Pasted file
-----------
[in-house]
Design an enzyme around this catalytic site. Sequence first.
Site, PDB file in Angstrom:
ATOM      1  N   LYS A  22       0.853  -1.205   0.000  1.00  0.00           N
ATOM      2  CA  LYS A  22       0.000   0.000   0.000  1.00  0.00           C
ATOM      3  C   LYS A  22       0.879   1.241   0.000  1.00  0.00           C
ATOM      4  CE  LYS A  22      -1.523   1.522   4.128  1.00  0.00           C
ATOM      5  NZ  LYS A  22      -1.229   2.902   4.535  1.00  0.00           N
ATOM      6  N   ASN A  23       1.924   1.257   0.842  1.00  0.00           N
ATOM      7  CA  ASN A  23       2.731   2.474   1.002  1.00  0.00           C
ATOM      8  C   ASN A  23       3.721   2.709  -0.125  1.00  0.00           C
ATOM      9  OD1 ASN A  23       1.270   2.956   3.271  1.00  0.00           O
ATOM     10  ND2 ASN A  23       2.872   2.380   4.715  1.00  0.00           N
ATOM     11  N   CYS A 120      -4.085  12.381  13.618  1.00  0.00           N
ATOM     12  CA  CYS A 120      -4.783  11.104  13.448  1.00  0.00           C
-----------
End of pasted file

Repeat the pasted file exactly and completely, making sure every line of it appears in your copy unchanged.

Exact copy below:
[in-house]
Design an enzyme around this catalytic site. Sequence first.
Site, PDB file in Angstrom:
ATOM      1  N   LYS A  22       0.853  -1.205   0.000  1.00  0.00           N
ATOM      2  CA  LYS A  22       0.000   0.000   0.000  1.00  0.00           C
ATOM      3  C   LYS A  22       0.879   1.241   0.000  1.00  0.00           C
ATOM      4  CE  LYS A  22      -1.523   1.522   4.128  1.00  0.00           C
ATOM      5  NZ  LYS A  22      -1.229   2.902   4.535  1.00  0.00           N
ATOM      6  N   ASN A  23       1.924   1.257   0.842  1.00  0.00           N
ATOM      7  CA  ASN A  23       2.731   2.474   1.002  1.00  0.00           C
ATOM      8  C   ASN A  23       3.721   2.709  -0.125  1.00  0.00           C
ATOM      9  OD1 ASN A  23       1.270   2.956   3.271  1.00  0.00           O
ATOM     10  ND2 ASN A  23       2.872   2.380   4.715  1.00  0.00           N
ATOM     11  N   CYS A 120      -4.085  12.381  13.618  1.00  0.00           N
ATOM     12  CA  CYS A 120      -4.783  11.104  13.448  1.00  0.00           C